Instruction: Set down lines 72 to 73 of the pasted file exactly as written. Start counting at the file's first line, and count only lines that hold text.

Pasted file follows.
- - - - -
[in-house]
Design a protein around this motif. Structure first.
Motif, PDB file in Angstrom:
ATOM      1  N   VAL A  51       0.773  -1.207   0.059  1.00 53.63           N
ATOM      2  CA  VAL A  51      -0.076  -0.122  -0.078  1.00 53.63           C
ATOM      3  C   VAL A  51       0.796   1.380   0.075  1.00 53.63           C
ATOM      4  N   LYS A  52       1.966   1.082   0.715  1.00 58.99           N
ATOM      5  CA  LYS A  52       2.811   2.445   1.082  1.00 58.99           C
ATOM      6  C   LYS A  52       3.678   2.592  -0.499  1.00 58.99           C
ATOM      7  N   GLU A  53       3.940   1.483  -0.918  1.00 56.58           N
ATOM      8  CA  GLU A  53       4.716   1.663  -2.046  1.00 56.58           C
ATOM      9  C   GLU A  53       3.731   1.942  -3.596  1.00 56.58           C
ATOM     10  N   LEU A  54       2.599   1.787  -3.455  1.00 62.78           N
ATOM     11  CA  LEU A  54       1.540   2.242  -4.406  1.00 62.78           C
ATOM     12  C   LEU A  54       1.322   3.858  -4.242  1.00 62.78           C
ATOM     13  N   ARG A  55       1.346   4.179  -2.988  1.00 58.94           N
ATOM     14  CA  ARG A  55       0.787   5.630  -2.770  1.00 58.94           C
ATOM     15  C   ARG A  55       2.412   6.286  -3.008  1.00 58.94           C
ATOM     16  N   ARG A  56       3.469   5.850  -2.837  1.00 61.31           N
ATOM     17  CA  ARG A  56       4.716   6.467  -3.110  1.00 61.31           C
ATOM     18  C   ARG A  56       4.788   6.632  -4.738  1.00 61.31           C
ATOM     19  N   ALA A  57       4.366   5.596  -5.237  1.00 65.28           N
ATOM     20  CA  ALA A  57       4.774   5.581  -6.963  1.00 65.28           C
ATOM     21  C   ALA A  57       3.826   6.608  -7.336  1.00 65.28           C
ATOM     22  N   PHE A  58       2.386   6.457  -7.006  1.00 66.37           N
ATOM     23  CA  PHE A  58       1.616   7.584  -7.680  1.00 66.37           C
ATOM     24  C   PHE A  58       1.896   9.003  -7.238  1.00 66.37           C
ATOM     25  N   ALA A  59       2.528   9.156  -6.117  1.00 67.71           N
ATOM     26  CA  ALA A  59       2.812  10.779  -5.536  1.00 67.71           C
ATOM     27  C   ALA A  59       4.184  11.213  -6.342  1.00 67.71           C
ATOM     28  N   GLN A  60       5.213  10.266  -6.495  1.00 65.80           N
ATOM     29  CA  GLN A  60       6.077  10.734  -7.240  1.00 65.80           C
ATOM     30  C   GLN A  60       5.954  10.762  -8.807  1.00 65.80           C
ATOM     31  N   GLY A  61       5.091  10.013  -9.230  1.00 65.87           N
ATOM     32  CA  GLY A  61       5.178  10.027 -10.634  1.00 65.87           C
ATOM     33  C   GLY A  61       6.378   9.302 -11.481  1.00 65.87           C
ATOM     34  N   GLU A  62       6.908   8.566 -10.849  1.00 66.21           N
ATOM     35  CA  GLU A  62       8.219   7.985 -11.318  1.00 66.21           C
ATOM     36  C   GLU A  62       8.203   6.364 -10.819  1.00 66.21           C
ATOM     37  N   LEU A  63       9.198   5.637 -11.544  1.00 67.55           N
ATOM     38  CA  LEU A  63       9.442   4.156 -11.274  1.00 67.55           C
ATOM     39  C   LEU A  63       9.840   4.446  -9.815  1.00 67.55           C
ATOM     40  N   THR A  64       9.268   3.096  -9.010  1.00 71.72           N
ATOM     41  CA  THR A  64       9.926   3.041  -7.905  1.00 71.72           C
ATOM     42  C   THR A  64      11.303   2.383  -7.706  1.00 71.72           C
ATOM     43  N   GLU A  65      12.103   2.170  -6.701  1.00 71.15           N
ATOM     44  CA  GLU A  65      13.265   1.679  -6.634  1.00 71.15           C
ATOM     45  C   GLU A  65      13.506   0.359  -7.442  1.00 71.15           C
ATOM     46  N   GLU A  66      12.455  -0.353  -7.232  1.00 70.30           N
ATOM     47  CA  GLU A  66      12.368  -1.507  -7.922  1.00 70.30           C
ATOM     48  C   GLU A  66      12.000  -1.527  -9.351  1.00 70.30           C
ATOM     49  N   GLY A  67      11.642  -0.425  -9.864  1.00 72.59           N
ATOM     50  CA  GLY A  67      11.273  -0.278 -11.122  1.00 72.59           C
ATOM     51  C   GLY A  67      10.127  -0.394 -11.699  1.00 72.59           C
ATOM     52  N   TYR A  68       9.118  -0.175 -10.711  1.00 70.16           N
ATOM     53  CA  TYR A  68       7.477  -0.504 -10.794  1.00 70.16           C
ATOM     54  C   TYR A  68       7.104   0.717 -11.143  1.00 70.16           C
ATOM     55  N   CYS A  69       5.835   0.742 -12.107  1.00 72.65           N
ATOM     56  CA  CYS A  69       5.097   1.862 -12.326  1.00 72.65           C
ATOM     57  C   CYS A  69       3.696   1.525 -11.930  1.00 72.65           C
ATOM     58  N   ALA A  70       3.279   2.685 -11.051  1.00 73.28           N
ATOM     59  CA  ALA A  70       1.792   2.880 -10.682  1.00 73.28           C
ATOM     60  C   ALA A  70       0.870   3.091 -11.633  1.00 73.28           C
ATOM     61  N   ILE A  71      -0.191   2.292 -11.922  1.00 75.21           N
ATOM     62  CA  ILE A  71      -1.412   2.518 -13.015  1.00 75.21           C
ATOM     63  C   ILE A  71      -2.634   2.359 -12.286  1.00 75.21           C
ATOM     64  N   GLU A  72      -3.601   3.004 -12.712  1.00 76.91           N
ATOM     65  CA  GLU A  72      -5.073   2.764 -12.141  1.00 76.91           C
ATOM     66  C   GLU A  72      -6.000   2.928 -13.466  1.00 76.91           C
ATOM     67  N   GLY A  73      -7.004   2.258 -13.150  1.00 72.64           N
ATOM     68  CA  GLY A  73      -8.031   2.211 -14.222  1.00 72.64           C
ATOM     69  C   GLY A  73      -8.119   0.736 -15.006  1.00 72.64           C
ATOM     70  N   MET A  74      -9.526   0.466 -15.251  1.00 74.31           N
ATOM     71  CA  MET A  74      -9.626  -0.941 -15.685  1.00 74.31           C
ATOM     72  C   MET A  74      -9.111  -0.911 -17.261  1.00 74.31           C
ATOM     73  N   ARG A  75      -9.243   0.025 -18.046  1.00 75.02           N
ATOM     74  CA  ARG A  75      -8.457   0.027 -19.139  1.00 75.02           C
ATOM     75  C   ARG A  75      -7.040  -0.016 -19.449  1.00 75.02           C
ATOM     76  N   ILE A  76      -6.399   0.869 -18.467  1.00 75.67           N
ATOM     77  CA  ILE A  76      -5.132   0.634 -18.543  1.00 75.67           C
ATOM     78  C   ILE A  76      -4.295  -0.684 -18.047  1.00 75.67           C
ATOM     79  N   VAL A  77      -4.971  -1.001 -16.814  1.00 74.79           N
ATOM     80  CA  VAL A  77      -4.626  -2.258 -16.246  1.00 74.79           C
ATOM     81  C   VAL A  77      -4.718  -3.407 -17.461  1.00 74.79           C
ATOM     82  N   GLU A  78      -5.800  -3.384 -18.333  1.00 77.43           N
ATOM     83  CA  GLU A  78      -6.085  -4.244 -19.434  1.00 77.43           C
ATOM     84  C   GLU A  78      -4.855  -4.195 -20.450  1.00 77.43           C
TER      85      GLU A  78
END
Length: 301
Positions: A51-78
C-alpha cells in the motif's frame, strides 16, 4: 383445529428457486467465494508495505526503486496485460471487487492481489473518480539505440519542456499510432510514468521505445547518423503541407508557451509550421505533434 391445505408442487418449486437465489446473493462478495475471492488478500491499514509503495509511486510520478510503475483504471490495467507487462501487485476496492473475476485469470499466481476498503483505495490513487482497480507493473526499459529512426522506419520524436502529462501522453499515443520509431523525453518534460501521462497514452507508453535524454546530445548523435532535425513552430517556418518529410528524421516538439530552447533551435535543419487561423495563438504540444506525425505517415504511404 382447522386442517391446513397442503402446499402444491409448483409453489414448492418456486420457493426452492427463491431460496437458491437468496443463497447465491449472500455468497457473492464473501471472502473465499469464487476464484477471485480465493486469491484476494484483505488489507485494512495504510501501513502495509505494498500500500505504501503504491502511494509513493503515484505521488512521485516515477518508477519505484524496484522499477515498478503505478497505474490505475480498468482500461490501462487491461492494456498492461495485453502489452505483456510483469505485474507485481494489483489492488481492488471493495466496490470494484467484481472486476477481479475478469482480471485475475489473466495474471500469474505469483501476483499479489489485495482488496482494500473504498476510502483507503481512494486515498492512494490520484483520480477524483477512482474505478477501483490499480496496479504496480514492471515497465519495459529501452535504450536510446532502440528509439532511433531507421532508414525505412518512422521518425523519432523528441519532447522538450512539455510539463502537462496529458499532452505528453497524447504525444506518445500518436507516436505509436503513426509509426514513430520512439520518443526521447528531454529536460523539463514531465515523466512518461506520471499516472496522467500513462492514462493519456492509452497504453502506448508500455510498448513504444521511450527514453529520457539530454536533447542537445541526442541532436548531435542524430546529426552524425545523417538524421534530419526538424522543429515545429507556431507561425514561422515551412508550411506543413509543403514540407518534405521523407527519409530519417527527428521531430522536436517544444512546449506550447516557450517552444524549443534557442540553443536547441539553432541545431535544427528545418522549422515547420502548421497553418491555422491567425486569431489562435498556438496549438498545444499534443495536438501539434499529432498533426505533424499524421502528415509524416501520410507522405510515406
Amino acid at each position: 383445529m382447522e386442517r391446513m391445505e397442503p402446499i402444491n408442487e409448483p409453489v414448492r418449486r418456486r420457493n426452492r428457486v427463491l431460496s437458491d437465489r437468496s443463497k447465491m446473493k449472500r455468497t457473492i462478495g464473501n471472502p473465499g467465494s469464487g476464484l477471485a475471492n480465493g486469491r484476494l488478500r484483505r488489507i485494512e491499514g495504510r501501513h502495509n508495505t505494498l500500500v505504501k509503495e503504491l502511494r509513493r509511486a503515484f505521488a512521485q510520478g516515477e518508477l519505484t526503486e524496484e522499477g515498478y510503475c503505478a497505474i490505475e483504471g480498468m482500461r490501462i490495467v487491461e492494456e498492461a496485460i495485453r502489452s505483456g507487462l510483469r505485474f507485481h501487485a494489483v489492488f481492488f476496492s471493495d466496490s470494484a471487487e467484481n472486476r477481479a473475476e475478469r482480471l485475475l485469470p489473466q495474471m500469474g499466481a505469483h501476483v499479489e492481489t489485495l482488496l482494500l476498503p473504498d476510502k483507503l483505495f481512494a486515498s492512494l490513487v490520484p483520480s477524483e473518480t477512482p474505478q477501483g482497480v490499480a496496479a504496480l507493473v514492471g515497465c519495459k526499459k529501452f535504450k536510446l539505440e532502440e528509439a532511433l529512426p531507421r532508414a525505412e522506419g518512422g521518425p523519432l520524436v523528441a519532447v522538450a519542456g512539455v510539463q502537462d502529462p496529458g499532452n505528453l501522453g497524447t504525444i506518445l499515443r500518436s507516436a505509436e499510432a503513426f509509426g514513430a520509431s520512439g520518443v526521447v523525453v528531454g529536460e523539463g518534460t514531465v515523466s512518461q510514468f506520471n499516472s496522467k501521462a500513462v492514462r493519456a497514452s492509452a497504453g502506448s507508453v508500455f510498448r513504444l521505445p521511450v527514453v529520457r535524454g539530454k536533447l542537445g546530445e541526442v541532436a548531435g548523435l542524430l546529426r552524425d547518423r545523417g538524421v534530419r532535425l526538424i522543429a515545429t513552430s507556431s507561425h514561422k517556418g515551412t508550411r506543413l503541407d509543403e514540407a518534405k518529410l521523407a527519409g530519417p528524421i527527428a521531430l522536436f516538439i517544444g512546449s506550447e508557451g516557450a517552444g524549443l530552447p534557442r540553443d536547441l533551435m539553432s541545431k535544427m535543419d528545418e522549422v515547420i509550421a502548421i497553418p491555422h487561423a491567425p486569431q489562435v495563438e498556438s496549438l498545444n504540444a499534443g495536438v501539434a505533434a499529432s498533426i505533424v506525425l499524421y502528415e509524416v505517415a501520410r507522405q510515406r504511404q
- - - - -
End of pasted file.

ATOM     69  C   GLY A  73      -8.119   0.736 -15.006  1.00 72.64           C
ATOM     70  N   MET A  74      -9.526   0.466 -15.251  1.00 74.31           N